Sheng Chih (Peter) Jin, PhD

Sheng Chih (Peter) Jin, PhD

Assistant Professor of Genetics and Pediatrics

Google Scholar Profile | Jin Lab

Research Interests

We are currently working on the following areas of research:

Methods Development

Human diseases, particularly complex ones like congenital heart diseases, neurodevelopmental disorders, and rare undiagnosed conditions, arise from the intricate interplay of genetic and environmental factors. Conventional investigative approaches often rely on simplistic inheritance models, focusing solely on germline or somatic variations. This approach overlooks the intricate interrelationships between these elements. To bridge this knowledge gap, we are developing advanced computational tools and statistical models capable of identifying and characterizing complex inheritance patterns. These encompass single nucleotide variants, uniparental disomy, short tandem repeats, mobile element insertions, mitochondrial DNA variants, and other structural variations. Our goal is to integrate and analyze germline and somatic variants, leveraging multi-omics data such as short-read sequencing, long-read sequencing, transcriptomics, and proteomics. This comprehensive approach aims to redefine our understanding and approach to studying and addressing complex diseases.

Unravelling Molecular Signatures and Novel Therapeutic Targets for Idiopathic Peripheral Neuropathy

Idiopathic peripheral neuropathy (IPN), a result of damage to the peripheral nerves with unknown causes, is a debilitating, painful, and as-yet-untreatable condition. Due to the unknown origin of the damage and the lack of targeted therapy, treatment for patients with IPN revolves around mere symptom management. In collaboration with Drs. Jeffrey MilbrandtAhmet HokeAaron Di Antonio, and the Peripheral Neuropathy Patient Registry, we are integrating whole-genome sequencing and SOMAscan proteomic data in extreme IPN patients with negative clinical genetic screening results and performing bioinformatic analysis to identify variants, pathways, and biomarkers for pathophysiological clues to axon degeneration.

Genomic Research of Cerebral Palsy and Dystonia

In collaboration with Drs. Michael KruerCarlos Cruchaga, the Dystonia Coalition, and the Cerebral Palsy Research Network, we are applying an integrative, multidimensional omics approach to a large, well-phenotyped cerebral palsy/dystonia cohort to catalyze gene discovery, provide mechanistic insights into newly identified genetic causes, make genotype-phenotype correlations, and create a metadata ecosystem freely available to the cerebral palsy/dystonia community.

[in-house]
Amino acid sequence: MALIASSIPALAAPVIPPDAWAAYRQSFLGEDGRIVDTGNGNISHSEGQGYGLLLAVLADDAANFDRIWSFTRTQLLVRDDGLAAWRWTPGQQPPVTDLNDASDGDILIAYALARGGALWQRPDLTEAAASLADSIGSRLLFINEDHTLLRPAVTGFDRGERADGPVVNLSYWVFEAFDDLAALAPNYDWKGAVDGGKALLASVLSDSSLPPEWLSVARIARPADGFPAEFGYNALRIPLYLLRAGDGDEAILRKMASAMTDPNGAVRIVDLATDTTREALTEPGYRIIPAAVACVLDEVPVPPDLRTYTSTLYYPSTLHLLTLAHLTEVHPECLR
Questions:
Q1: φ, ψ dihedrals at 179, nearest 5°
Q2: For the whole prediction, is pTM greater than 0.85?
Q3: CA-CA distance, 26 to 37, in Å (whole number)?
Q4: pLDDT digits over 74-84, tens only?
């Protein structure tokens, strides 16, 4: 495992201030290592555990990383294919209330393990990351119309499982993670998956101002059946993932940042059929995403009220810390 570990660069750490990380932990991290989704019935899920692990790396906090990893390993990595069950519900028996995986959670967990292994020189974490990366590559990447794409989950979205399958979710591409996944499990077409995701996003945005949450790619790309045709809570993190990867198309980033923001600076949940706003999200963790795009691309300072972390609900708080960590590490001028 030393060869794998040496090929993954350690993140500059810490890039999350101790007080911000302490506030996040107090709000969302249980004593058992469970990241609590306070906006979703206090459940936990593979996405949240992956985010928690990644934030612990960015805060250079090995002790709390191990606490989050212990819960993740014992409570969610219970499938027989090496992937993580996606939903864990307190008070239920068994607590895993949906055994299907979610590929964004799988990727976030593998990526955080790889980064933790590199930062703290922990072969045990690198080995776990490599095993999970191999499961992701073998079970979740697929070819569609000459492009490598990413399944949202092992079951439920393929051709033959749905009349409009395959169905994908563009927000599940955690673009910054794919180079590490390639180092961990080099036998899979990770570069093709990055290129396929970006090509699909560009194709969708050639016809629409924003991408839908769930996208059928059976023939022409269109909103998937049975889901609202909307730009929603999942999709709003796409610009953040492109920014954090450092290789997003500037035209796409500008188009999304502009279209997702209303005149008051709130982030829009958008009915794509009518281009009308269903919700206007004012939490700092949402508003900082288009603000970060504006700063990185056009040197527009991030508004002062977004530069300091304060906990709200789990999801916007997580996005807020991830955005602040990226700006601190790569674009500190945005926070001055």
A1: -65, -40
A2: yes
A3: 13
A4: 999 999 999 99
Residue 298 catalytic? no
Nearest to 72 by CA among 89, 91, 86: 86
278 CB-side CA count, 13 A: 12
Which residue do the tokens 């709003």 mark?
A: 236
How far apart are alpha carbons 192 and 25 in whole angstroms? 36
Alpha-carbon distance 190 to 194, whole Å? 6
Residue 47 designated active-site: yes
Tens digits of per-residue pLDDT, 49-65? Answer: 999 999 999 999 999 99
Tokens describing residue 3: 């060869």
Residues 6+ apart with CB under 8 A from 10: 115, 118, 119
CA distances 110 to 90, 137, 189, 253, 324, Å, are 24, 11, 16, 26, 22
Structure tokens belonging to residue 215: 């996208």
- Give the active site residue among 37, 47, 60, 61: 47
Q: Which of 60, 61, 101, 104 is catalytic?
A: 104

Human Genetics and Molecular Mechanisms of Human Neurological Diseases

In collaboration with Drs. Kristopher KahleKristen KrollJoe Dougherty, and the WashU Undiagnosed Diseases Network, we are focusing on studying the genetic underpinnings of rare Mendelian forms of human neurological diseases, using whole-genome sequencing, quantitative phenotyping, transcriptomic profiling, massively parallel reporter assays, and in vitro/in vivo models.

Latest News

Sheng Chih (Peter) Jin, PhD

Collaborative Study Led by Graduate Student Reveals New Discoveries on Rare Disease

A new study led by WashU graduate student Shujuan Zhao, co-mentored by Dr. Sheng Chih (Peter) Jin, Assistant Professor of Genetics and Pediatrics, Washington University School of Medicine, and Dr. Kristopher T. Kahle, Director of Pediatric Neurosurgery, Massachusetts General Hospital, sheds light on new genetic mutations related to the disease and validations of the identified genes in mouse and zebrafish models. This collaborative work was recently published in Nature Communications.
Sheng Chih (Peter) Jin, PhD

Cerebral palsy also has genetic underpinnings (Links to an external site)

Now, scientists have identified mutations in single genes that can be responsible for at least some cases of cerebral palsy, according to a new study led by researchers at Washington University School of Medicine in St. Louis, the University of Arizona College of Medicine in Phoenix, and Yale University.